Justia U.S. 5th Circuit Court of Appeals Opinion Summaries

Articles Posted in Arbitration & Mediation

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On remand from the Supreme Court, the Fifth Circuit held that the district court correctly determined that this case was not subject to the arbitration clause at issue and affirmed the judgment. The Supreme Court held that the "wholly groundless" exception was inconsistent with the Federal Arbitration Act and declined to opine on whether the contract here in fact delegated the threshold arbitrability question to an arbitrator, remanding for this court to make that determination in the first instance. The court held that the parties have not clearly and unmistakably delegated the question of arbitrability to an arbitrator. Because this action was not subject to mandatory arbitration, the court did not reach Archer's alternative argument that third parties to the arbitration clause cannot enforce such an arbitration clause. View "Archer and White Sales, Inc. v. Henry Schein, Inc." on Justia Law

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Class arbitration is a "gateway" issue that must be decided by courts, not arbitrators—absent clear and unmistakable language in the arbitration clause to the contrary. In this case, there was no such contrary language. Rather, the arbitration permitted individual arbitration only and it explicitly prohibited arbitrators from commencing class arbitration to the maximum extent permitted by law. The court held that this language, at best, was in substantial tension with the notion that the parties authorized the arbitrator to decide the gateway issue of class arbitration. Accordingly, the court held that courts, not arbitrators, must decide the gateway issue of class arbitration presented here and therefore remanded for further proceedings. View "20/20 Communications, Inc. v. Crawford" on Justia Law

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On a second rehearing, the Fifth Circuit certified a question to the Louisiana Supreme Court regarding whether a suit seeking to compel arbitration is an "action for a money judgment" under Louisiana's non-resident attachment statute, La. Code Civ. Proc. art. 3542. The state court answered the certified question and held that Louisiana Code of Civil Procedure article 3542 allows for attachment in aid of arbitration if the origin of the underlying arbitration claim is one pursuing money damages and the arbitral party has satisfied the statutory requirements necessary to obtain a writ of attachment. In this case, the court held that the district court erred in finding that the Louisiana nonresident attachment statute was not available to Daewoo. The underlying action seeking to compel arbitration here was clearly an action for a money judgment under Louisiana's non-resident attachment statute. View "Stemcor USA Inc. v. Cia Siderurgica do Para Cosipar" on Justia Law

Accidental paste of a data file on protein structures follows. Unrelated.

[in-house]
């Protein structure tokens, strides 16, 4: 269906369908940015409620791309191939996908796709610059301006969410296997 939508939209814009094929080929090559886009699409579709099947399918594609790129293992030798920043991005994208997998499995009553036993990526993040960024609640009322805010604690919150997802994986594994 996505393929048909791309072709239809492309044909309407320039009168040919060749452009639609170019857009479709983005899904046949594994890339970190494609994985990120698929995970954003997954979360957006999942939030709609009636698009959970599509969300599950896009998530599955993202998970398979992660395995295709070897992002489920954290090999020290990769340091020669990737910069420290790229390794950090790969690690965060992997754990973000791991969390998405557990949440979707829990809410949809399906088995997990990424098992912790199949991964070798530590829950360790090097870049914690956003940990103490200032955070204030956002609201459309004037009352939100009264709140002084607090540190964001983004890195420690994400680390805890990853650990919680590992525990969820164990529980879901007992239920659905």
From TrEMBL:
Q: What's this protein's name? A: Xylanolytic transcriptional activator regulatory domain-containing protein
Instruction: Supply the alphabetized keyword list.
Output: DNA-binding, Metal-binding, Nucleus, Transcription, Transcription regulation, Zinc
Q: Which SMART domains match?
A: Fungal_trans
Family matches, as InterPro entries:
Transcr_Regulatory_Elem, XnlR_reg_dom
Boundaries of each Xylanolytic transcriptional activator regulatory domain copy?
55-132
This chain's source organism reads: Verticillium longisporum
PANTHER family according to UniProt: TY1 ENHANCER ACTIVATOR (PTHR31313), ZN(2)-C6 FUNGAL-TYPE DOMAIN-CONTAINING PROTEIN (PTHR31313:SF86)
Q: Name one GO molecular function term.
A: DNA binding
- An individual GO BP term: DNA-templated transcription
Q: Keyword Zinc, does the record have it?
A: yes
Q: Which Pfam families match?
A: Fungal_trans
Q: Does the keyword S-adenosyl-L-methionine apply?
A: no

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Plaintiff appealed the district court's order compelling arbitration of her federal age discrimination action against OneMain. The Fifth Circuit held that, although the district court correctly rejected plaintiff's meeting of the minds argument, it erroneously referred her procedural unconscionability challenge to the arbitrator. In this case, procedural unconscionability goes to contract formation under Mississippi law, and thus the district court should have ruled on this objection. Therefore, the court reversed and vacated the order, remanding for the district court to decide on the merits of the procedural unconscionability claim. View "Bowles v. OneMain Financial Group, LLC" on Justia Law

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When the parties to a contract agree to arbitrate, rather than litigate, certain disputes that might later unfold, Congress directs federal courts to honor the parties' wishes. Under the Federal Arbitration Act, courts generally enforce any resulting arbitration award, barring specific circumstances—such as when the arbitrator exceeds his legal authority or otherwise jeopardizes the fair arbitration process. In this case, the Fifth Circuit affirmed the district court's confirmation of the arbitration award and rejected Apache's challenges to the contrary. The court held that KPMG issued a "reasoned award" here where it noted that it based its analysis on the parties' statements and accounting records, pointed to its finding on the accrual of liabilities, and explained what documentation it found relevant in evaluating the proper refund amount. View "YPF S.A. v. Apache Overseas, Inc." on Justia Law